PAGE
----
Oh I do love photos. Not only do they remind me of all the lovely moments, but they make me look at those lovely moments and realise that although I was thinking of 101 other things while that moment was happening – those 101 things weren’t as important as that particular moment as it was happening. It never fails to amaze me how difficult it is for adults to live in the moment and how difficult it is for kids to do anything else but.
We have had lots of lovely moments. Lucas, Anton, Dante and I are continuing to enjoy our home ed days together. We’ve carried on doing lots of arts and crafts:
Lucas has done several drawings of buildings using the book on Architecture that Santa gave him: I’ve been doing all the arty stuff alongside him which we’ve both loved.
Then we tried soap carving which was a great success. Even Anton enjoyed cutting it up. It’s very easy to do, even with a blunt instrument (my favourite is a teaspoon handle) and very rewarding. Luc has wanted to do more and more.
Lucas made the car and the house and I did the turtle and the castle.
Then we made the soap chippings in to bath paints by whisking them up with lukewarm water and adding colouring. It works beautifully and was such fun as a one off (Soap is far too harsh for Luc’s skin usually and recently he has had some eczema coming back on his elbows and behind his knees.)
They’ve made dens in the sitting room…
and Anton has been doing his piano practise.
And we’ve had a flashback to the old home ed days when Oscar needed to do a treasure map for Geography homework and Lucas joined in so we got out the teabags and matches once again.
It’s all been quite exhausting for some
but we’ve packed it in at the weekends too with a trip to Blackpool sands last weekend
I like that photo but this one is probably more typical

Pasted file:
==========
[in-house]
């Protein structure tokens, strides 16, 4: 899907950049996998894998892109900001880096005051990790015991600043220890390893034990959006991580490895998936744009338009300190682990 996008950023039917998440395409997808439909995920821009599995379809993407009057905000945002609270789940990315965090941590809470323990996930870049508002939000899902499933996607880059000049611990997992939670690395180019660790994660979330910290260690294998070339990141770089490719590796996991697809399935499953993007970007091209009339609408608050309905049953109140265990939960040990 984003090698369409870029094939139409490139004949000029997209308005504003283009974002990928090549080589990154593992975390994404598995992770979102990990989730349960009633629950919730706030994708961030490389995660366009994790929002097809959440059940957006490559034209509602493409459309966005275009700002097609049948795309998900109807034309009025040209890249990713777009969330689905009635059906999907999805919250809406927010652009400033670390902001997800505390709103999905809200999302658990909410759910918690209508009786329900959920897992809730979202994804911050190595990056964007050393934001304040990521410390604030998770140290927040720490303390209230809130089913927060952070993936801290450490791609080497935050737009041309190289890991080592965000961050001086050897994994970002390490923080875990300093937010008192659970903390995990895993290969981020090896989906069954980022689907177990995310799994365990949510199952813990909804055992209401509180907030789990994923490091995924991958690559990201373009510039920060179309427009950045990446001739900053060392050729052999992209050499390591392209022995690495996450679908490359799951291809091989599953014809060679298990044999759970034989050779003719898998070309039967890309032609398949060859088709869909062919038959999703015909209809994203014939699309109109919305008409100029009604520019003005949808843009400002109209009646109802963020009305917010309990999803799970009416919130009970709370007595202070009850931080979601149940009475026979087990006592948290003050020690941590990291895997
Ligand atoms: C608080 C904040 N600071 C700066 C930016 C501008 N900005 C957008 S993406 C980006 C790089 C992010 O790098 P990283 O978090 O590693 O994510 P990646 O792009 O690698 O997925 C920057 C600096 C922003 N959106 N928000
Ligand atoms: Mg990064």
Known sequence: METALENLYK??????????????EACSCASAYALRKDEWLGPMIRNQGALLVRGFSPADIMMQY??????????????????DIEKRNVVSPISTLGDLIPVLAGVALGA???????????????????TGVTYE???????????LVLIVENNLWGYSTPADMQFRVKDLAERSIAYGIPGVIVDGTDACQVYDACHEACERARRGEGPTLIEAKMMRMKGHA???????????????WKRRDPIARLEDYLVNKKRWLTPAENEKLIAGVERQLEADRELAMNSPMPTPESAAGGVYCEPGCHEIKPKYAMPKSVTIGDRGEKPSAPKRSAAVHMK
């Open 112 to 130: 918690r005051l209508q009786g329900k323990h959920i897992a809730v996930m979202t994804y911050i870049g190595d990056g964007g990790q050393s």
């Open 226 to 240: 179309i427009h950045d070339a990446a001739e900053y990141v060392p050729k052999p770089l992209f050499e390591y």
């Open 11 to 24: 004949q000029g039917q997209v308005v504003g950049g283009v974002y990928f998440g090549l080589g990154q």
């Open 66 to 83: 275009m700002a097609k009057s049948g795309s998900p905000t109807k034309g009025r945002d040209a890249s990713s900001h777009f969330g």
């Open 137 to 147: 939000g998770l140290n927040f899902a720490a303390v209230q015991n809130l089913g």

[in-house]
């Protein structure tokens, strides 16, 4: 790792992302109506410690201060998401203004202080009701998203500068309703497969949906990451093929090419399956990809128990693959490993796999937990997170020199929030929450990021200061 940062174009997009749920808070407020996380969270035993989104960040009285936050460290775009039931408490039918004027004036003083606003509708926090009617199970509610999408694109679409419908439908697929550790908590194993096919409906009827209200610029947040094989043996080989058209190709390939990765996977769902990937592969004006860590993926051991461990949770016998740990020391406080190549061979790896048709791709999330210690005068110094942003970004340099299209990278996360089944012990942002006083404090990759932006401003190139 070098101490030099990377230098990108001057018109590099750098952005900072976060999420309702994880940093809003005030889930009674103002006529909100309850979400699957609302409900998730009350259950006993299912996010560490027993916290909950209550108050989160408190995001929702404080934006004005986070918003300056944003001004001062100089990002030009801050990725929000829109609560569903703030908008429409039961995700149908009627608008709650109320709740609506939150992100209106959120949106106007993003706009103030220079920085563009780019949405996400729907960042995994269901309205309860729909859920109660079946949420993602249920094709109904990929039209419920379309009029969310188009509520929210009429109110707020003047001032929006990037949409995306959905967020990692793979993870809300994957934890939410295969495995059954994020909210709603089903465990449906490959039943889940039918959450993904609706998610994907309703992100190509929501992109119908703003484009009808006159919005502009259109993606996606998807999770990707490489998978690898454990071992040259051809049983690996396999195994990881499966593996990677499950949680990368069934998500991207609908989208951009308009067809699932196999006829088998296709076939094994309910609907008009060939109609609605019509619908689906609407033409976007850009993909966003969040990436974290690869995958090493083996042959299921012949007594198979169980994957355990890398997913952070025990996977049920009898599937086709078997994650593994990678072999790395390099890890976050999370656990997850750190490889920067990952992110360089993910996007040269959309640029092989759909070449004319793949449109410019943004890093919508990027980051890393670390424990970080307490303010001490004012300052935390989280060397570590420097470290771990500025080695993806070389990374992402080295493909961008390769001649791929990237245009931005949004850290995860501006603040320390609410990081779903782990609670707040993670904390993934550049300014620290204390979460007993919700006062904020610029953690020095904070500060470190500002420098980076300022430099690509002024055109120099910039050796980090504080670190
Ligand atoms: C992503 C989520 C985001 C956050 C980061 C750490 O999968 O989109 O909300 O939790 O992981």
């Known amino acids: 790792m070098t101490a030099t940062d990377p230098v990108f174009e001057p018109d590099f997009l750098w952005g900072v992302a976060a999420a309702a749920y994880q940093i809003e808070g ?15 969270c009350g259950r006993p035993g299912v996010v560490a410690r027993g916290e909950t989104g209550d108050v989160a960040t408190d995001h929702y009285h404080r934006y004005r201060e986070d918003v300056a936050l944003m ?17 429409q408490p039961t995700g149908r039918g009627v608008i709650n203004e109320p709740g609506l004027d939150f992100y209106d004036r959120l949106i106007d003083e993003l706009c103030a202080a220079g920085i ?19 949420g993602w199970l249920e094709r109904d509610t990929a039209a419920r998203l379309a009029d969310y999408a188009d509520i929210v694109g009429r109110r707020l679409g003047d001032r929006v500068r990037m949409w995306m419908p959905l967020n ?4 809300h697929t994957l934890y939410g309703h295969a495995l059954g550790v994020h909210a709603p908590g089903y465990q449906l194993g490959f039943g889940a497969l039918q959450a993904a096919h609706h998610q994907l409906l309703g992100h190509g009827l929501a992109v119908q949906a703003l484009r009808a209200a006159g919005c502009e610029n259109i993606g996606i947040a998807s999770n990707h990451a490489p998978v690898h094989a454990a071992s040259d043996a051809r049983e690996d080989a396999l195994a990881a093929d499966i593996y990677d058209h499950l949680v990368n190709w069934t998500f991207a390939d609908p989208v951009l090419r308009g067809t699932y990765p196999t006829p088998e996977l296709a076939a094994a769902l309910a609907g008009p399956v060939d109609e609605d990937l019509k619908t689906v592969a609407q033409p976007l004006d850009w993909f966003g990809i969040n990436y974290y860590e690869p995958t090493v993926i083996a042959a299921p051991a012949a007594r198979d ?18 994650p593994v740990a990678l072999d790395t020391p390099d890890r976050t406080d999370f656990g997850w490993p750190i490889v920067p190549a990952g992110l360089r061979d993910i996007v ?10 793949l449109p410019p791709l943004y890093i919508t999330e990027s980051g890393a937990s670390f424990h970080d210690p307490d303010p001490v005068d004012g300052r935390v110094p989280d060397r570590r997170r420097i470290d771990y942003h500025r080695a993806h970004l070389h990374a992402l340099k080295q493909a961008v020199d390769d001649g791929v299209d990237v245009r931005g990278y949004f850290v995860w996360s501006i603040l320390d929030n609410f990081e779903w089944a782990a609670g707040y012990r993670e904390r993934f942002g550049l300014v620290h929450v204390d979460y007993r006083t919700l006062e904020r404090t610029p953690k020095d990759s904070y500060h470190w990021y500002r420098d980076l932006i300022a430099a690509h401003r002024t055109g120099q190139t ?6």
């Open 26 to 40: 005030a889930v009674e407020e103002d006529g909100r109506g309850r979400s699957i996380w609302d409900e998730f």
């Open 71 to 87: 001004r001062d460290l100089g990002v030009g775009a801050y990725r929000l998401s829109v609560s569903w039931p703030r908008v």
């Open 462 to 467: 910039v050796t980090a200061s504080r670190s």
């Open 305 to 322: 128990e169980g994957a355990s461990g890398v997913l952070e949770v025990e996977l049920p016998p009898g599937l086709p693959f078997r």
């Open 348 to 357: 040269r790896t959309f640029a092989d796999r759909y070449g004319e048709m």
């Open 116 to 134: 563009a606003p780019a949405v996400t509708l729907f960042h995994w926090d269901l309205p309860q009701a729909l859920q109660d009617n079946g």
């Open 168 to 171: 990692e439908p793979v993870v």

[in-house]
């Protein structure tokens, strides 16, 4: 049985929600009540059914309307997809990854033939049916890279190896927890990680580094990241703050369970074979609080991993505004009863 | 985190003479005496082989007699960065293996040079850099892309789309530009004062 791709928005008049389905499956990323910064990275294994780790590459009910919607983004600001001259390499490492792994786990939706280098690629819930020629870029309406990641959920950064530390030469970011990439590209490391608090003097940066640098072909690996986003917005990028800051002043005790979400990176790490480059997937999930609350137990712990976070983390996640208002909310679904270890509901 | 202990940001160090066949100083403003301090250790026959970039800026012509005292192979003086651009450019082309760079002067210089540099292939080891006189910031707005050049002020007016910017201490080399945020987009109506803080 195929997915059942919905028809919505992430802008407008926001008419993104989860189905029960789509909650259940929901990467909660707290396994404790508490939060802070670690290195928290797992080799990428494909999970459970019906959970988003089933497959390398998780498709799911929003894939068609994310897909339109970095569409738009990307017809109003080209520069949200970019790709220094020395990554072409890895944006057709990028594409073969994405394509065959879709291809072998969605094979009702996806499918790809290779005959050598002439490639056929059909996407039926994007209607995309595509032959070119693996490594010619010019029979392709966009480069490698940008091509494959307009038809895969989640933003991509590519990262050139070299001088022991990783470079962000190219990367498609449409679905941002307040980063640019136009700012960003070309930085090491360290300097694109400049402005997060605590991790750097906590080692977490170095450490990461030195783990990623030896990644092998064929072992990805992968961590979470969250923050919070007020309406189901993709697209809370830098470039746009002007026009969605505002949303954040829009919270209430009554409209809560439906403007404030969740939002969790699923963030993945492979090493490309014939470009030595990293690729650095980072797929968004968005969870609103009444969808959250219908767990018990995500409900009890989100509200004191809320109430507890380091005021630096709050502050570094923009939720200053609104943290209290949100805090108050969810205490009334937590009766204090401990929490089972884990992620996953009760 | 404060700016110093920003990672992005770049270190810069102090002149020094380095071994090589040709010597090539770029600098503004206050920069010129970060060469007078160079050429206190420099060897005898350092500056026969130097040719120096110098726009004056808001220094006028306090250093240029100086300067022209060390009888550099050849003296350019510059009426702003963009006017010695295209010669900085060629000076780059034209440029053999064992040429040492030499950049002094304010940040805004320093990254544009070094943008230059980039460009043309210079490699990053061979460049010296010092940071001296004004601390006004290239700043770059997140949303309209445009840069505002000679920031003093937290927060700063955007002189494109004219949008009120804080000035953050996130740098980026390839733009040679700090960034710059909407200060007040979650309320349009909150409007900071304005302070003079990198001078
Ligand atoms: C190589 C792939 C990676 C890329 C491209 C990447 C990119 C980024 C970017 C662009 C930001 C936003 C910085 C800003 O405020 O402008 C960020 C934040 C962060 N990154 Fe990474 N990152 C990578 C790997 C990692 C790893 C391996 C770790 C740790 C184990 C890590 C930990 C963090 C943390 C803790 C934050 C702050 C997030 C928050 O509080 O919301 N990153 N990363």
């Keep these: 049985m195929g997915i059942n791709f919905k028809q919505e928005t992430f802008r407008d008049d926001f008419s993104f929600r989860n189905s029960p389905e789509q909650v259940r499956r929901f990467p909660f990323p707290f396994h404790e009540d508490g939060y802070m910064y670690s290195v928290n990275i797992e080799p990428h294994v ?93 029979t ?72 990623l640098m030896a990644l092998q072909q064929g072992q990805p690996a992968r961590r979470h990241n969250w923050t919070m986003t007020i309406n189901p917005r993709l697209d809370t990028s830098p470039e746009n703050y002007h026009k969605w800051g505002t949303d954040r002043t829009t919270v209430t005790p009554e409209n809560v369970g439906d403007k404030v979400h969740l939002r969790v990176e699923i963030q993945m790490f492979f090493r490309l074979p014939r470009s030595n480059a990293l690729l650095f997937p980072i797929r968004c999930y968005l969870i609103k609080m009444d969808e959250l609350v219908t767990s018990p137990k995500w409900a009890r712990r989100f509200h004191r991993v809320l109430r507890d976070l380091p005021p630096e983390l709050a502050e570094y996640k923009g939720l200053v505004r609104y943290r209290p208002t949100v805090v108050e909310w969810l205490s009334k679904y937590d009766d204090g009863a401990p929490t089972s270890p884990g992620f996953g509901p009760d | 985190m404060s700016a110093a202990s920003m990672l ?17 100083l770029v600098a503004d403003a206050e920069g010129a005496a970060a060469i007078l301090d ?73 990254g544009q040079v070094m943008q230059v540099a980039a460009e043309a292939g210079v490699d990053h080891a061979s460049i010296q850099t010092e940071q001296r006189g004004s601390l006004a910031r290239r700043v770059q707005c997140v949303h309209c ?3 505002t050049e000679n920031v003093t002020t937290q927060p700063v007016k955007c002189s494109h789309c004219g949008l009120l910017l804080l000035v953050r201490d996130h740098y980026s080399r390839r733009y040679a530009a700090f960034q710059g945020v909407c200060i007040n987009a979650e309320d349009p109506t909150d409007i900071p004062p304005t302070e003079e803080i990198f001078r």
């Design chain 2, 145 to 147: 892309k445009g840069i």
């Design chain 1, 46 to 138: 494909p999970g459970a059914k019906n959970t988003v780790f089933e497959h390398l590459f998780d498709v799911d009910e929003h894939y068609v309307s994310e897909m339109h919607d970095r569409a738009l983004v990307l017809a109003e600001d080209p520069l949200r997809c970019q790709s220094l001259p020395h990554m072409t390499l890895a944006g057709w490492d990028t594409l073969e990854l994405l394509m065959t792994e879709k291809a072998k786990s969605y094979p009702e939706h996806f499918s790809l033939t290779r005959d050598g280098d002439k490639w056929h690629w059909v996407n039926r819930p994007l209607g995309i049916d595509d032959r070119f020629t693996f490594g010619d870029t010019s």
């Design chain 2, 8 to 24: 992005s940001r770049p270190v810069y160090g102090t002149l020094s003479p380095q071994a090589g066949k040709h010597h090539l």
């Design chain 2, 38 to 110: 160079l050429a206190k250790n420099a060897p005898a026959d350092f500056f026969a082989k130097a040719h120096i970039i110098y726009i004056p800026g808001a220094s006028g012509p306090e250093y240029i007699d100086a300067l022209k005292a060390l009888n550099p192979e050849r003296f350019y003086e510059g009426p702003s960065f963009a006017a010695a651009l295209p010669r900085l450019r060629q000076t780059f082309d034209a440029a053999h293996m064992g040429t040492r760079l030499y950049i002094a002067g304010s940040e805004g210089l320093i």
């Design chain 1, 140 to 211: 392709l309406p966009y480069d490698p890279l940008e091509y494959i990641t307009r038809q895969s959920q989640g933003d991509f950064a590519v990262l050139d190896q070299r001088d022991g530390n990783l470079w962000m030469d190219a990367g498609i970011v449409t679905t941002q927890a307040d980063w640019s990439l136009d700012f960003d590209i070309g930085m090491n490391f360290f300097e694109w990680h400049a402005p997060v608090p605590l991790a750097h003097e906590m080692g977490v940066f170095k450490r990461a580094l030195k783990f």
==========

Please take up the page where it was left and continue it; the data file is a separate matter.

Anton managed to get this kite flying when the rest of us had given up on it (TOO windy apparently!) He was so proud.
And so all would be tickety boo if only it was crystal clear to us as to whether Oscar should continue at school or not. It is hanging heavily on me at the moment. I can’t think about anything else. I wonder if we have just fallen in to so many things (Acorns, school, playgroup) that we have lost too much.
I feel so aware that there are so many things I resent about school that I worry that I won’t think clearly about it. I don’t know why I have so little faith in myself though as I usually pride myself on being very honest about all the things I feel and I usually dig deep to work it out but I feel blocked about this. Every now and then I get a vision of packing everything in: school,Acorns, playgroup, Forest Friends – the lot, and just finding our own path again. After all, there never will be another chance to do that and I don’t see why it shouldn’t work. We would own our own lives again then – not having to jump through hoops to get through each day ready for the next: getting the homework done and the meal ready on time so that everyone is in bed on time to start the whole rigmarole again the next day. And are those hoops the best way of moving forward for us all – are they worth it? We have a chance to do it differently and I feel we could. We did do it, and I think we could again.